Mexican sugar question
Okay, so I have this recipe for grilled pork chops with Rocoto Chile and sugar cane glaze. The recipe calls for Chancaca sugar- said it was brown and cone shaped. When I got to the grocery store I couldnt remember the name of the sugar. I found a sugar item that was brown and cone shaped- it is named Piloncillo Sugar. Didnt realize the name difference till I got home. Question: Is this the same stuff but just with a different name? And, if not the same, is it close enough to work for my recipe?
Thanks a ton,
as best I can tell, chancaca is a type of panela - natural untreated sugar made from evaporated cane juice - made in south america while piloncillo, those little cones, are the same type of product made in mexico. So you should be able to substitute it.
The fact that your recipe calls for rocoto chile suggests it is south american, since that pepper, chile pubescens, originated in bolivia and is used a lot in the andes, I understand.
Raw Sugar is what is left after processing the sugar cane to remove the molasses and refine the white sugar. In North America raw sugar is actually not "raw" as it has been partially refined to remove any contaminants. The color is similar to light brown sugar but it's texture is grainier.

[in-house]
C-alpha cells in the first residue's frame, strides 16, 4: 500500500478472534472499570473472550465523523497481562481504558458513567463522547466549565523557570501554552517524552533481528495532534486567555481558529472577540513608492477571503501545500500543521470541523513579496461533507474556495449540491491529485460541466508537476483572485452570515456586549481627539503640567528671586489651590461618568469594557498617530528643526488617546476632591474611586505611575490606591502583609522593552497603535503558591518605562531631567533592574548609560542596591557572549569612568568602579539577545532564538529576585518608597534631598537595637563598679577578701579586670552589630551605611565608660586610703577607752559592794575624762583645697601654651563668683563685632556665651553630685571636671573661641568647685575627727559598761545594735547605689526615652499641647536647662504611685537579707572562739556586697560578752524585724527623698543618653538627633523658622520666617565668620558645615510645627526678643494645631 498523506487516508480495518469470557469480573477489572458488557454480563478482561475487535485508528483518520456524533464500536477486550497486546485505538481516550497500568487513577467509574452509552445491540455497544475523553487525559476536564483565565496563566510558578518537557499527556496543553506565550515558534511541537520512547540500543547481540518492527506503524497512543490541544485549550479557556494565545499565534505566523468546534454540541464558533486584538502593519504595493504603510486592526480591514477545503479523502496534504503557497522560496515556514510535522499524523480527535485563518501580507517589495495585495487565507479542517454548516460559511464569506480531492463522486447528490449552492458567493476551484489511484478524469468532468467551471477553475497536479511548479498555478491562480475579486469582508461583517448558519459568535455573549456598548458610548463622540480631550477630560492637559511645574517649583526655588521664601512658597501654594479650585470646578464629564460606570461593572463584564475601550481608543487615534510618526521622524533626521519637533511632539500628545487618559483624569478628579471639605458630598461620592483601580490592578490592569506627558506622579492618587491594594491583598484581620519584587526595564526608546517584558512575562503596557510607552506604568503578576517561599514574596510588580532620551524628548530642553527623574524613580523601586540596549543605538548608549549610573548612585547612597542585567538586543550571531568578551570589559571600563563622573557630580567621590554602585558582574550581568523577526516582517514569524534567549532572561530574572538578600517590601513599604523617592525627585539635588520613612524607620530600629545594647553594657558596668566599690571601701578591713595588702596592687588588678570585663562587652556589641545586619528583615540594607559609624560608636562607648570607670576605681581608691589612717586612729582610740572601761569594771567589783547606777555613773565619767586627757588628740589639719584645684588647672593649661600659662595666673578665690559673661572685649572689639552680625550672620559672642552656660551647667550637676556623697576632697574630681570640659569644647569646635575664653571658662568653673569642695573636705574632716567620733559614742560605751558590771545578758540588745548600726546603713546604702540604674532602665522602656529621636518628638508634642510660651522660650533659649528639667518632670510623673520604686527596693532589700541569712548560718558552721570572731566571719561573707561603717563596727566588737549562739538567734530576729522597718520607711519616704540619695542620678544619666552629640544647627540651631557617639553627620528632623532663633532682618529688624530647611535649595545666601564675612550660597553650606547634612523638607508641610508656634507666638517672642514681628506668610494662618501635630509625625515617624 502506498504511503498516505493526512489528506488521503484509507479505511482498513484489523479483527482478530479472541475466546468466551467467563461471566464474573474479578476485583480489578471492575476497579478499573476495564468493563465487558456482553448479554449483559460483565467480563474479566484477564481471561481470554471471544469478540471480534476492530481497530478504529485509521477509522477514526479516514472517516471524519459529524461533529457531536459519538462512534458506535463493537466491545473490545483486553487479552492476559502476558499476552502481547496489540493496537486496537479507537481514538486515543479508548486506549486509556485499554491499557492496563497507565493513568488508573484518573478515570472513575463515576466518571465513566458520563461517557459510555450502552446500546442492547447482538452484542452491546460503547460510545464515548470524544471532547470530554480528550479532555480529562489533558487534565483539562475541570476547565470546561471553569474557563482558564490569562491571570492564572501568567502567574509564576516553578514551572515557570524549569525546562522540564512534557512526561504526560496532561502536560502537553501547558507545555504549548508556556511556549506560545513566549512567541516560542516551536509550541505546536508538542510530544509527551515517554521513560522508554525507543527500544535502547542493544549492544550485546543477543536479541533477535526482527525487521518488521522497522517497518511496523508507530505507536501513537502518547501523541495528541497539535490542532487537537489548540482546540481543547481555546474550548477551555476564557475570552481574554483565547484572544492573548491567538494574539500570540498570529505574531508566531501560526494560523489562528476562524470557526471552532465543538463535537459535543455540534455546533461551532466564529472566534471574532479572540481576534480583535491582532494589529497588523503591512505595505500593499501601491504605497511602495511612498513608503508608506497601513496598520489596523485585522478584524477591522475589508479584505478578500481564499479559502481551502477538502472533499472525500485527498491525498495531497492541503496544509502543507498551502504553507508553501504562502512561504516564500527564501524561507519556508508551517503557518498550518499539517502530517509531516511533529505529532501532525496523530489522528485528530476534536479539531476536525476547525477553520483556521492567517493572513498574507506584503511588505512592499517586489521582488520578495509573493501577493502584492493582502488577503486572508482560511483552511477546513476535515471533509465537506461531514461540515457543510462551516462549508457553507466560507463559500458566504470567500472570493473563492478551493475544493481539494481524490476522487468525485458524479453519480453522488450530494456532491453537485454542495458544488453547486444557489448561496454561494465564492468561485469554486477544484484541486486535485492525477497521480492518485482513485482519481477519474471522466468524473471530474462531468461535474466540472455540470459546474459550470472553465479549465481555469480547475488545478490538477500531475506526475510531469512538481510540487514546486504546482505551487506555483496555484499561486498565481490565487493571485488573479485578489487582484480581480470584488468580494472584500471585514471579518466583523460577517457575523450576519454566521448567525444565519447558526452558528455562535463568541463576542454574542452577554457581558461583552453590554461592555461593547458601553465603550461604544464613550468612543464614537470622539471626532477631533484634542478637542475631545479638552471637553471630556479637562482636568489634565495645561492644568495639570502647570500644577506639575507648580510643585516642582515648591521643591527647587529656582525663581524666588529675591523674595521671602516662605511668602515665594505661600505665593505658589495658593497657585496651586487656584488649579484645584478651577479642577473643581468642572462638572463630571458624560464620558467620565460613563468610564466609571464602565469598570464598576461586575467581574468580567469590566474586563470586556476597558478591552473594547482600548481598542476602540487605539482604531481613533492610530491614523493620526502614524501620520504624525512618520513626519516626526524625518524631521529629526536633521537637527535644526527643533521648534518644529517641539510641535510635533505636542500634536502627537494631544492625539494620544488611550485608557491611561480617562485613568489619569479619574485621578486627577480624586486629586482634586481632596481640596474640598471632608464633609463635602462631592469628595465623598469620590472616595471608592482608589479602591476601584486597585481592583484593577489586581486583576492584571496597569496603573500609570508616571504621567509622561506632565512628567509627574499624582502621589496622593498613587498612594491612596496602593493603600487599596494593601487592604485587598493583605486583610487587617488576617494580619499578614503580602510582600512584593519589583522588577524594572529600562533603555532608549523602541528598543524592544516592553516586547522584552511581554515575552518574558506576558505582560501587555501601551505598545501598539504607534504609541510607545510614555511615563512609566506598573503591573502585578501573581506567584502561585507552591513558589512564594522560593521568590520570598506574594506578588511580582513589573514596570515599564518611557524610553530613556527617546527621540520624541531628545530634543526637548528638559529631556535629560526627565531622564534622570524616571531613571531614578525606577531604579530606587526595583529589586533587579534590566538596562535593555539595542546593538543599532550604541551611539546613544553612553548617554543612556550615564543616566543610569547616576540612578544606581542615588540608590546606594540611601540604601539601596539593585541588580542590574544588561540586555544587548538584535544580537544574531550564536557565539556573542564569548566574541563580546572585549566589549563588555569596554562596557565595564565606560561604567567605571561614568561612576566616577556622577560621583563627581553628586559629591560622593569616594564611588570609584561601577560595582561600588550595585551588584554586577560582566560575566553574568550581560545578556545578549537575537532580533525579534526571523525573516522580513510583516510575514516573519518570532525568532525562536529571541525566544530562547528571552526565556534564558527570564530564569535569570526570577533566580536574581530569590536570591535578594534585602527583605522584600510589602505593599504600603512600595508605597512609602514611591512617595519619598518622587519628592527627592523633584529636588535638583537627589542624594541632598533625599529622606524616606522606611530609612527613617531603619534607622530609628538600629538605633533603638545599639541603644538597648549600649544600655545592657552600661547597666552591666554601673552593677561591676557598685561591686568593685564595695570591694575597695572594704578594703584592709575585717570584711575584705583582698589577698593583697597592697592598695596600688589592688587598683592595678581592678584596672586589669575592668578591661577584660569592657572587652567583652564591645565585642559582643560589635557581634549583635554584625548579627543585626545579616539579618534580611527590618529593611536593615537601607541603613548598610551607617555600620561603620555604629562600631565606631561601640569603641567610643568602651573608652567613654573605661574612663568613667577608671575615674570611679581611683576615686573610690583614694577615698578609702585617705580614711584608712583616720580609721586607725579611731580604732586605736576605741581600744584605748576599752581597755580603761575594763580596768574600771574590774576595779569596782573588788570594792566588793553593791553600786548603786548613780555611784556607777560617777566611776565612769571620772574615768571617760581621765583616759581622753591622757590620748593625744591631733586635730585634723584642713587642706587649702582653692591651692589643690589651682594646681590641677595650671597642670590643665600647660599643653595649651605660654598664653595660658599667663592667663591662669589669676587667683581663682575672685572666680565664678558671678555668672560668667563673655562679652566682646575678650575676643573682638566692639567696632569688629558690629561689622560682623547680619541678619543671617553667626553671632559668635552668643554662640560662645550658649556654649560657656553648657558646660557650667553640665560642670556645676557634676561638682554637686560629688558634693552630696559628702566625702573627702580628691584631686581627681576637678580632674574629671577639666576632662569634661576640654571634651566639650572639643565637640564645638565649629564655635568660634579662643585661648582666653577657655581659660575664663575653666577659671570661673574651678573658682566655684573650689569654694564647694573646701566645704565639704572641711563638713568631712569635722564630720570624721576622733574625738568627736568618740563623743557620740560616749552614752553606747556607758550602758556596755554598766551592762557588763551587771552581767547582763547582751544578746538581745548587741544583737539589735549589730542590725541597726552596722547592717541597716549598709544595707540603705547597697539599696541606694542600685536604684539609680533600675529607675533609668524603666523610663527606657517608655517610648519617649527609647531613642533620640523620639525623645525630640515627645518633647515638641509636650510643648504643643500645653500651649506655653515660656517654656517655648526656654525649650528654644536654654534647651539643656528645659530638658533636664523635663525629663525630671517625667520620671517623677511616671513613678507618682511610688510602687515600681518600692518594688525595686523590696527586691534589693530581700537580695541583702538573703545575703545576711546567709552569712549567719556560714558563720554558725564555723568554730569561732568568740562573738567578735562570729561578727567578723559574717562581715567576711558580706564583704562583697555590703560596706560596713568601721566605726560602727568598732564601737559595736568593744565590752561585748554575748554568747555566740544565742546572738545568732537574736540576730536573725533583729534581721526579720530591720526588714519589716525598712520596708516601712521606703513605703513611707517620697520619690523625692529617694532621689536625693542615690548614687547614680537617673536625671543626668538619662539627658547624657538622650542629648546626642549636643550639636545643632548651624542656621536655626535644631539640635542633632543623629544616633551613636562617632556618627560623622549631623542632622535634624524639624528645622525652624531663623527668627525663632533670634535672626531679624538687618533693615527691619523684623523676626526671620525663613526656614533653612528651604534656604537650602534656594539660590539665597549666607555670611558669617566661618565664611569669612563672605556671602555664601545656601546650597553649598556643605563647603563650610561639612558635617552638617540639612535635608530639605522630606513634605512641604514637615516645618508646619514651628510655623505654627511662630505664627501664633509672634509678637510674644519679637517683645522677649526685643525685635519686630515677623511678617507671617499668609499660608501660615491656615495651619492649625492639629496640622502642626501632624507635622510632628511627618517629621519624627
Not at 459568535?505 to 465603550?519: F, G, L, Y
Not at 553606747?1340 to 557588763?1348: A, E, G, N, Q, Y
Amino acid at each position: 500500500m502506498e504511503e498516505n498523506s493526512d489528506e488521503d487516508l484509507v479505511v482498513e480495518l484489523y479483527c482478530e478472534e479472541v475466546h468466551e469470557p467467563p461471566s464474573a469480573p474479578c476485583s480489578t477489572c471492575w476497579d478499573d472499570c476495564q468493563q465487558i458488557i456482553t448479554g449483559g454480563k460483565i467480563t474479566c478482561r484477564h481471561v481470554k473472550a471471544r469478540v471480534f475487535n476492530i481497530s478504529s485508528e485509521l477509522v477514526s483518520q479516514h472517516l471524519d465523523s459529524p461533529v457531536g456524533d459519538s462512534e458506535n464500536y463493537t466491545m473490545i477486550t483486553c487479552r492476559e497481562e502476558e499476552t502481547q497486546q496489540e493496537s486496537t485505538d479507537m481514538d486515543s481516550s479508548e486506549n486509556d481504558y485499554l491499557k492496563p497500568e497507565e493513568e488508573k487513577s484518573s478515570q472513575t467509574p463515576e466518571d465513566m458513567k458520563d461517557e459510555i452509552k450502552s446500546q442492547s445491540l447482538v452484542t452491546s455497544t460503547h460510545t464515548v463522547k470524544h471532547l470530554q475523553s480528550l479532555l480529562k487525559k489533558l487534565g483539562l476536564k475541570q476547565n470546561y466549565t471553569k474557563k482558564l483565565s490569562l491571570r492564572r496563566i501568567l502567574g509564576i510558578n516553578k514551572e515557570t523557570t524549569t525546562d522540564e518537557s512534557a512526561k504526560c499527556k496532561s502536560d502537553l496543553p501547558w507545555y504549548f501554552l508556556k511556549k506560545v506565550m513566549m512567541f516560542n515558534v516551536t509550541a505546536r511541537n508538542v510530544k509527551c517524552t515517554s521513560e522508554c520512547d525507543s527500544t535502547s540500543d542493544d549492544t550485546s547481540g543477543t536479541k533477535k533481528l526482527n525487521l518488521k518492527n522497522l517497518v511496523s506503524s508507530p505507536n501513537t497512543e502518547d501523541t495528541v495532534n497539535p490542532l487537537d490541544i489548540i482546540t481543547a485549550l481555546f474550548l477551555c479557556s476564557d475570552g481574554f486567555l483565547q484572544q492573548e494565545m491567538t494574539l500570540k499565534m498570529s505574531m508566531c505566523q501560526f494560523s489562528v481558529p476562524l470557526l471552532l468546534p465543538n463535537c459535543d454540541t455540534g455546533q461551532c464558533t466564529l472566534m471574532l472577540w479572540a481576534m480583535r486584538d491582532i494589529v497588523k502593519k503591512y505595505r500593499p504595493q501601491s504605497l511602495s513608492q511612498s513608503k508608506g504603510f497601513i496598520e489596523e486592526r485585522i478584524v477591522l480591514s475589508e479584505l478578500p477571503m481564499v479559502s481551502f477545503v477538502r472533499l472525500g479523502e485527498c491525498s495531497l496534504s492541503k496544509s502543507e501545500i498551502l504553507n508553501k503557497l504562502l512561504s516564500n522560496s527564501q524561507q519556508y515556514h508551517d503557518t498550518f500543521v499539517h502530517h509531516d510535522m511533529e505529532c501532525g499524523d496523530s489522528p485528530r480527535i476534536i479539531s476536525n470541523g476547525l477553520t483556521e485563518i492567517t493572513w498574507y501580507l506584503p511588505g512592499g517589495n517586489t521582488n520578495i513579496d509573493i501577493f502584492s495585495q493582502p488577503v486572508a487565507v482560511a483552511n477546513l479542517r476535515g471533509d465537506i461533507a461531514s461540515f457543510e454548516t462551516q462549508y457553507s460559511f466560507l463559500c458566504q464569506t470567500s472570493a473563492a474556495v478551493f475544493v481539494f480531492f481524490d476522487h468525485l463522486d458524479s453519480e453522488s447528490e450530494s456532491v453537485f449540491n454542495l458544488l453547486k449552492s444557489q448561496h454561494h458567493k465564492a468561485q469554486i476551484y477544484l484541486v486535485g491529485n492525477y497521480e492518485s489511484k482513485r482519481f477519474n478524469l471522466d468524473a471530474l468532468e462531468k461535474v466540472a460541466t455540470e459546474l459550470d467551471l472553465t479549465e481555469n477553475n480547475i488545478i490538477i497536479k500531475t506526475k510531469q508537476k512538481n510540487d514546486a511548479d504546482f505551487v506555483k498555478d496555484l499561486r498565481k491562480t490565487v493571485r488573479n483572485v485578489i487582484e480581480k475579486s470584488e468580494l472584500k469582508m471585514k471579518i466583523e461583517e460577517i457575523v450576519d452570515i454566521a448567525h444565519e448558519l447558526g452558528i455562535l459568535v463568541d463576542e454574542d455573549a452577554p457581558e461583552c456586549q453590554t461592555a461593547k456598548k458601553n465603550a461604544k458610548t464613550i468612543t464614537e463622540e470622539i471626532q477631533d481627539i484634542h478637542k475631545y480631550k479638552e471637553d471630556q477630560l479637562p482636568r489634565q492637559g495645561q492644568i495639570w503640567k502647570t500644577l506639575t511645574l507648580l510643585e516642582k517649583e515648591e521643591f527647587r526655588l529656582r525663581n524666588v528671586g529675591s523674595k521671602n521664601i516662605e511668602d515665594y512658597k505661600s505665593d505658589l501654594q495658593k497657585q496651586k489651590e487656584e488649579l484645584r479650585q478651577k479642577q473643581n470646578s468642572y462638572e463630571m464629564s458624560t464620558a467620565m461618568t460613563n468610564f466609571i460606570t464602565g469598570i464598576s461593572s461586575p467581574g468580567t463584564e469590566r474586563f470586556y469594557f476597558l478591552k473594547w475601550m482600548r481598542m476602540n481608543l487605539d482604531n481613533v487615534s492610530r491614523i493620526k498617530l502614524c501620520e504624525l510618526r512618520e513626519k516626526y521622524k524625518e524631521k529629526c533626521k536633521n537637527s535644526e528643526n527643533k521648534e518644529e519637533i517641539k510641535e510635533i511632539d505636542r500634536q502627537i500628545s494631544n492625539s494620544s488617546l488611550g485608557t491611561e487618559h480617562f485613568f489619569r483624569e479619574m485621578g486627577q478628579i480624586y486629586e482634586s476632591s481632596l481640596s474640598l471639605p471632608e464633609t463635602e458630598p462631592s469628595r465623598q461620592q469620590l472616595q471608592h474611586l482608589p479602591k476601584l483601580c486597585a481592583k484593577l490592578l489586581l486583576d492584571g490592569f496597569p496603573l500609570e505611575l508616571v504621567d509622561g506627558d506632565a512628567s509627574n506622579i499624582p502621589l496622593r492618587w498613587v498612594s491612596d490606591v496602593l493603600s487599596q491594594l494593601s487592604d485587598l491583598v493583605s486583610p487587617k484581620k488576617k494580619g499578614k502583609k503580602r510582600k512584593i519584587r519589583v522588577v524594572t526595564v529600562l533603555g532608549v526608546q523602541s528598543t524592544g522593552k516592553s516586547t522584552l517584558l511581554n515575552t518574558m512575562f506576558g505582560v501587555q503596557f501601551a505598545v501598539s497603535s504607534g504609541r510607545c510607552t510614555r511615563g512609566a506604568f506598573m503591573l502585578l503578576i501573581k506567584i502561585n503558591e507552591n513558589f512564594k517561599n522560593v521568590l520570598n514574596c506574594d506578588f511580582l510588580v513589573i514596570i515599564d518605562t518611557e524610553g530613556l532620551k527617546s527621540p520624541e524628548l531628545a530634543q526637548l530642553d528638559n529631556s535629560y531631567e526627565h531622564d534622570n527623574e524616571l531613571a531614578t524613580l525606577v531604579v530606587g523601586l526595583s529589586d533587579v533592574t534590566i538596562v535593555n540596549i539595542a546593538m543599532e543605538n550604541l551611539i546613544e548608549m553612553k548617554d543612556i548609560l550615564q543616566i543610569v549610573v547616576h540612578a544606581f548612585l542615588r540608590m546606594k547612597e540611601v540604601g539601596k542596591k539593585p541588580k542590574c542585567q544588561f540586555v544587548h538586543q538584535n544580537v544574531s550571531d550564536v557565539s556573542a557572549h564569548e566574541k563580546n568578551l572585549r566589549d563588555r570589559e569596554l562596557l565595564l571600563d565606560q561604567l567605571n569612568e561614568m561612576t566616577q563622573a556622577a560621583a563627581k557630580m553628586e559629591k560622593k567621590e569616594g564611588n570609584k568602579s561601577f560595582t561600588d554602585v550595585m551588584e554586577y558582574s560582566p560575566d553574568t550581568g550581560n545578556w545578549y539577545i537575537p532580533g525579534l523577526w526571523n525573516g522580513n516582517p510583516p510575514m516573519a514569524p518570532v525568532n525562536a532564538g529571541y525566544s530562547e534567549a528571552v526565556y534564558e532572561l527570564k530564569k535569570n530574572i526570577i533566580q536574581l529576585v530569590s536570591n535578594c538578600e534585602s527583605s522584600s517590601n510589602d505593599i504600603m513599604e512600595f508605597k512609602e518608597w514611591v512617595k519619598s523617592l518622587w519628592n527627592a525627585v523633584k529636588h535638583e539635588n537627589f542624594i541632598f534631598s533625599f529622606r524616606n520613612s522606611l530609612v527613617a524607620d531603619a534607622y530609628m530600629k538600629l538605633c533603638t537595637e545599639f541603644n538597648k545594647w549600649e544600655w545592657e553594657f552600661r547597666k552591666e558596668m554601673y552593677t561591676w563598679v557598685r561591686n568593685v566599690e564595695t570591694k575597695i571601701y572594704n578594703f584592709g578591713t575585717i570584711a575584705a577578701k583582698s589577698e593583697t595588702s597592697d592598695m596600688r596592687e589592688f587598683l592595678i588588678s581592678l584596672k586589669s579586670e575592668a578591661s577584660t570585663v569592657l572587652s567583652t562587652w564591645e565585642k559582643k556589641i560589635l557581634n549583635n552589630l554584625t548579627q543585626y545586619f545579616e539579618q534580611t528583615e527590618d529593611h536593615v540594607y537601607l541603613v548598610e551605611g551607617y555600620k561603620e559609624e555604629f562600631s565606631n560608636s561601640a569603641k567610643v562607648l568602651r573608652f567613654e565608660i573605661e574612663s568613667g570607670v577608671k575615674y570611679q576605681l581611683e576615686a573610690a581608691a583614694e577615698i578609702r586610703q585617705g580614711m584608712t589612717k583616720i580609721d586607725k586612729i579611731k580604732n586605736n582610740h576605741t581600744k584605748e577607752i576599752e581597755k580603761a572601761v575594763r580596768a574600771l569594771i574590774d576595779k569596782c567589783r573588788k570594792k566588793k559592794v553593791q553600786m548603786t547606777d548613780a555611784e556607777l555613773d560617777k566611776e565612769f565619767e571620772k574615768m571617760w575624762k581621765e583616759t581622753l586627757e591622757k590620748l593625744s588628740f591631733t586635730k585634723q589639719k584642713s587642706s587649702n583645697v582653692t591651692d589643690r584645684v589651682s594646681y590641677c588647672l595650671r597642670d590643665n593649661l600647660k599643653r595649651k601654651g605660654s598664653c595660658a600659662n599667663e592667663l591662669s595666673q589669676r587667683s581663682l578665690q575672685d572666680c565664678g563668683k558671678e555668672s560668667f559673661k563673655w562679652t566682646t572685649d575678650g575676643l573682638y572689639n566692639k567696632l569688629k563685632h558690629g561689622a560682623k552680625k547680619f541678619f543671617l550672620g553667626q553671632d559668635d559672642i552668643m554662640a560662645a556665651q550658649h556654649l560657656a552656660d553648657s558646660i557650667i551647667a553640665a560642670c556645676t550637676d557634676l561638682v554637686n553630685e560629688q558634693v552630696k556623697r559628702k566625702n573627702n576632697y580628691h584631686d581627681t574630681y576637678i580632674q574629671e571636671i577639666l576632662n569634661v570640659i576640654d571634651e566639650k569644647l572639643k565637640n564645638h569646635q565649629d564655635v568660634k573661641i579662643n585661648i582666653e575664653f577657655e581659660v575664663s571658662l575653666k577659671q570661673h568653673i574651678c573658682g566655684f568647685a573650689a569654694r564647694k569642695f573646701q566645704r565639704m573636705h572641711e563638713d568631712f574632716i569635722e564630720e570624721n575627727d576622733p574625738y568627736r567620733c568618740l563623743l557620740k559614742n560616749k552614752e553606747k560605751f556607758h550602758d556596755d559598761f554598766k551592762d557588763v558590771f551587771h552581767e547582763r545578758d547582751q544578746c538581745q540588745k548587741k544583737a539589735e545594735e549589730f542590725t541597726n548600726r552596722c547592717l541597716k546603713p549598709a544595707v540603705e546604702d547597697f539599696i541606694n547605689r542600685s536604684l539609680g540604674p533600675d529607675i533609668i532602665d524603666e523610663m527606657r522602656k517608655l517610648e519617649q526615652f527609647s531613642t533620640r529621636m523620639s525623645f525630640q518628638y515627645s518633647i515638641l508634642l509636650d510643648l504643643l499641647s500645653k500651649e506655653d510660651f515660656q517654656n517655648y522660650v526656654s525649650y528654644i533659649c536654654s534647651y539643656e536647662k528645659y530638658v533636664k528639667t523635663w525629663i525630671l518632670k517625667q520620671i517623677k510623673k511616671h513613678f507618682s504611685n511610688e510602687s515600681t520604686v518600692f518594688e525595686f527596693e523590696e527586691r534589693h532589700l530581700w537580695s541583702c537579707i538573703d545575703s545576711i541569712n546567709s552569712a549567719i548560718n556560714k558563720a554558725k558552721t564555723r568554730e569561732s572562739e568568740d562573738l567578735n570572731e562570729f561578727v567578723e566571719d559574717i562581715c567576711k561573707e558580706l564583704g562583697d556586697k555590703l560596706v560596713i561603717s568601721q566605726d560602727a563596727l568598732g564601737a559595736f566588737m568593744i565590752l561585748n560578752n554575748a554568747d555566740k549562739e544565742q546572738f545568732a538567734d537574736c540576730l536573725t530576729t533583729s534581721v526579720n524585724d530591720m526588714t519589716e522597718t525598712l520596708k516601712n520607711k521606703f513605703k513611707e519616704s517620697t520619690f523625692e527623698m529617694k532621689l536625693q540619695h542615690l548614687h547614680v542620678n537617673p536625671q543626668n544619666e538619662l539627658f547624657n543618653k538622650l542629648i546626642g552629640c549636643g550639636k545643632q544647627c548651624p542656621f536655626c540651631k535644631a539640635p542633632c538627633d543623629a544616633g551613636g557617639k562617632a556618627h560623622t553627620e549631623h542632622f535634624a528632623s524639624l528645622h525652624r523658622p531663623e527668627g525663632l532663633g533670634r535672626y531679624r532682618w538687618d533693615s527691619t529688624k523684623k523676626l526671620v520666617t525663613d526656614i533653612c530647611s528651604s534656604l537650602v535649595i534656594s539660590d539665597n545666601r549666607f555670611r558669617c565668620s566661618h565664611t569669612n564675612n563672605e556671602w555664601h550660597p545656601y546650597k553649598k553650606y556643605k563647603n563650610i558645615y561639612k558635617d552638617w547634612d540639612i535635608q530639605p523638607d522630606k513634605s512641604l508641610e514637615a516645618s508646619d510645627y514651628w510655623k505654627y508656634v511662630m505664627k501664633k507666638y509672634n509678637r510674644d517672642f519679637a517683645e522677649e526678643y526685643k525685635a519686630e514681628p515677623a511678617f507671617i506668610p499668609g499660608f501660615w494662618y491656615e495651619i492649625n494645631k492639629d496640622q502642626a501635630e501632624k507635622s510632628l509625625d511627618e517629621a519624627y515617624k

Here's more info gleaned from a Google search of "Raw sugar" It is a tan to brown, coarse granulated solid obtained on evaporation of clarified sugar cane juice. Raw sugar is processed from the cane at a sugar mill and then shipped to a refinery. It is about 98% sucrose.
Raw sugar is not sold to consumers. The U.S. Food and Drug Administration notes raw sugar is "unfit for direct use as food or as a food ingredient because of the impurities it ordinarily contains."
This last paragraph gave me a bit of a laugh, thinking of the mass-produced hamburger industry, the ground-up animal parts served to most livestock, etc.